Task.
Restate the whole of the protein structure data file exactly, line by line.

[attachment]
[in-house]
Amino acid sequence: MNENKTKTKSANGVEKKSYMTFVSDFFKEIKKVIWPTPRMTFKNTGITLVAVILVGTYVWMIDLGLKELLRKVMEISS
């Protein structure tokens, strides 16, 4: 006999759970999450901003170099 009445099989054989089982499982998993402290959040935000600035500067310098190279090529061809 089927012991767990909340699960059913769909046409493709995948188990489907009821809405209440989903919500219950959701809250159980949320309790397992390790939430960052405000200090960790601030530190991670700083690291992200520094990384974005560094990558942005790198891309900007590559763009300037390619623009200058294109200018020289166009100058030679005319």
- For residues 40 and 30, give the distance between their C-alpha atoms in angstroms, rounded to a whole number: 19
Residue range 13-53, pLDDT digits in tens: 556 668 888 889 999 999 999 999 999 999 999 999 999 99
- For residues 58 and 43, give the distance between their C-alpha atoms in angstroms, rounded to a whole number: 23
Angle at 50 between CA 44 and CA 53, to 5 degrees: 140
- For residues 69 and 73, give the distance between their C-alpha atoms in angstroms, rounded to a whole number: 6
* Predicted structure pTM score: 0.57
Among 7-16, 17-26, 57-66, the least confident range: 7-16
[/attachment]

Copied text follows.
[in-house]
Amino acid sequence: MNENKTKTKSANGVEKKSYMTFVSDFFKEIKKVIWPTPRMTFKNTGITLVAVILVGTYVWMIDLGLKELLRKVMEISS
């Protein structure tokens, strides 16, 4: 006999759970999450901003170099 009445099989054989089982499982998993402290959040935000600035500067310098190279090529061809 089927012991767990909340699960059913769909046409493709995948188990489907009821809405209440989903919500219950959701809250159980949320309790397992390790939430960052405000200090960790601030530190991670700083690291992200520094990384974005560094990558942005790198891309900007590559763009300037390619623009200058294109200018020289166009100058030679005319």
- For residues 40 and 30, give the distance between their C-alpha atoms in angstroms, rounded to a whole number: 19
Residue range 13-53, pLDDT digits in tens: 556 668 888 889 999 999 999 999 999 999 999 999 999 99
- For residues 58 and 43, give the distance between their C-alpha atoms in angstroms, rounded to a whole number: 23
Angle at 50 between CA 44 and CA 53, to 5 degrees: 140
- For residues 69 and 73, give the distance between their C-alpha atoms in angstroms, rounded to a whole number: 6
* Predicted structure pTM score: 0.57
Among 7-16, 17-26, 57-66, the least confident range: 7-16